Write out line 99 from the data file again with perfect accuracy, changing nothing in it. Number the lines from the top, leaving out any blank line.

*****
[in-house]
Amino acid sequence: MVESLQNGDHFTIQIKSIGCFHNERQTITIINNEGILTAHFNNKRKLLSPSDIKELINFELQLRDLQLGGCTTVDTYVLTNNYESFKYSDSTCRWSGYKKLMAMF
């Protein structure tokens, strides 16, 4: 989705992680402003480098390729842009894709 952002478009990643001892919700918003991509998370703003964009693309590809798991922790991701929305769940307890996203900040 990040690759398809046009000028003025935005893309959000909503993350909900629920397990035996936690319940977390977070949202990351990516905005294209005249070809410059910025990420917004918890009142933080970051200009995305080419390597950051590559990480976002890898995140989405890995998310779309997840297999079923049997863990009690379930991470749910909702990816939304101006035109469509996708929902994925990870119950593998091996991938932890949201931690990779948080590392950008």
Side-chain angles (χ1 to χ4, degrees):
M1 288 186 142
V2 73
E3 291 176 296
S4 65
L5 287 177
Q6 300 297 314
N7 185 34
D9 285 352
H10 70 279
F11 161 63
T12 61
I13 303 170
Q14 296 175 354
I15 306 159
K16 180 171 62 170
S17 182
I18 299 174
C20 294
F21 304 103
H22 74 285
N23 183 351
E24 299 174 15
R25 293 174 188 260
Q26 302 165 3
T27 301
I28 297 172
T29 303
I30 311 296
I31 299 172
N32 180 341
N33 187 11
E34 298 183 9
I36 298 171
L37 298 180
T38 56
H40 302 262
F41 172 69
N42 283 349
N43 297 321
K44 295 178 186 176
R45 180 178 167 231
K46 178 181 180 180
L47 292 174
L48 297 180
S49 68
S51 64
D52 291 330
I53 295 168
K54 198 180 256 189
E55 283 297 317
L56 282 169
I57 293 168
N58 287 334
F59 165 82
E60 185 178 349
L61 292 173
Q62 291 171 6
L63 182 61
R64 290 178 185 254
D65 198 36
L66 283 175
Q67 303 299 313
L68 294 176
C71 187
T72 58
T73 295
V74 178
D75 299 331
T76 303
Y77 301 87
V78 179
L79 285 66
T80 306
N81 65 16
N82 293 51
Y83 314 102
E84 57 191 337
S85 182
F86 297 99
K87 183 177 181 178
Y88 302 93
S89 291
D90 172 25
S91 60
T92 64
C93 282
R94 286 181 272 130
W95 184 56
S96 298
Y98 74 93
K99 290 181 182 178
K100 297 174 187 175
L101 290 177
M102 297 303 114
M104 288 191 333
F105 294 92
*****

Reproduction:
M104 288 191 333